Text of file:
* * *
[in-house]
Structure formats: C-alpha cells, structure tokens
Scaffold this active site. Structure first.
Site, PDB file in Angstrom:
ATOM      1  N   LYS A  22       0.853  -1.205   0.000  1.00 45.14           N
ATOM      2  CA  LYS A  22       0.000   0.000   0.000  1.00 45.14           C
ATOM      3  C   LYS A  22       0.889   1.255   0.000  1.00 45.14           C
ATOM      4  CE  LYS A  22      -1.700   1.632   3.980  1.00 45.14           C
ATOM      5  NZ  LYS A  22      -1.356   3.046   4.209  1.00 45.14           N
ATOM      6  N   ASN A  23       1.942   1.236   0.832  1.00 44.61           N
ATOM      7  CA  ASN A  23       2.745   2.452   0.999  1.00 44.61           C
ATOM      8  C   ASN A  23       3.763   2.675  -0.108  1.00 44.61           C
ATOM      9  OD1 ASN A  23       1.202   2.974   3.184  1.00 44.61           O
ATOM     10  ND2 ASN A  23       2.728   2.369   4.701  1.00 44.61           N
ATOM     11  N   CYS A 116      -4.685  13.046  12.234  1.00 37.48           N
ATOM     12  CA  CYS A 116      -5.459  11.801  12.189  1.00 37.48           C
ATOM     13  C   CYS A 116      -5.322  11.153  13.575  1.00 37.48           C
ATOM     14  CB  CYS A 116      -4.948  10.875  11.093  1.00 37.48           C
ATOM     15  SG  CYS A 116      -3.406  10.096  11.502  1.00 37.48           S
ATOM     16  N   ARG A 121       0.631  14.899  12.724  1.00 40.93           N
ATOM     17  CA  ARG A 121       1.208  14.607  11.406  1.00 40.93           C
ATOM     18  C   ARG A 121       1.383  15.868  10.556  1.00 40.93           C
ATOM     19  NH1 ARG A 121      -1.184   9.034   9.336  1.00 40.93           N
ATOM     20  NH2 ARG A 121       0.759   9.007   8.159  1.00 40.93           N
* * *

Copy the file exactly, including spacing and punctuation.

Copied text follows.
[in-house]
Structure formats: C-alpha cells, structure tokens
Scaffold this active site. Structure first.
Site, PDB file in Angstrom:
ATOM      1  N   LYS A  22       0.853  -1.205   0.000  1.00 45.14           N
ATOM      2  CA  LYS A  22       0.000   0.000   0.000  1.00 45.14           C
ATOM      3  C   LYS A  22       0.889   1.255   0.000  1.00 45.14           C
ATOM      4  CE  LYS A  22      -1.700   1.632   3.980  1.00 45.14           C
ATOM      5  NZ  LYS A  22      -1.356   3.046   4.209  1.00 45.14           N
ATOM      6  N   ASN A  23       1.942   1.236   0.832  1.00 44.61           N
ATOM      7  CA  ASN A  23       2.745   2.452   0.999  1.00 44.61           C
ATOM      8  C   ASN A  23       3.763   2.675  -0.108  1.00 44.61           C
ATOM      9  OD1 ASN A  23       1.202   2.974   3.184  1.00 44.61           O
ATOM     10  ND2 ASN A  23       2.728   2.369   4.701  1.00 44.61           N
ATOM     11  N   CYS A 116      -4.685  13.046  12.234  1.00 37.48           N
ATOM     12  CA  CYS A 116      -5.459  11.801  12.189  1.00 37.48           C
ATOM     13  C   CYS A 116      -5.322  11.153  13.575  1.00 37.48           C
ATOM     14  CB  CYS A 116      -4.948  10.875  11.093  1.00 37.48           C
ATOM     15  SG  CYS A 116      -3.406  10.096  11.502  1.00 37.48           S
ATOM     16  N   ARG A 121       0.631  14.899  12.724  1.00 40.93           N
ATOM     17  CA  ARG A 121       1.208  14.607  11.406  1.00 40.93           C
ATOM     18  C   ARG A 121       1.383  15.868  10.556  1.00 40.93           C
ATOM     19  NH1 ARG A 121      -1.184   9.034   9.336  1.00 40.93           N
ATOM     20  NH2 ARG A 121       0.759   9.007   8.159  1.00 40.93           N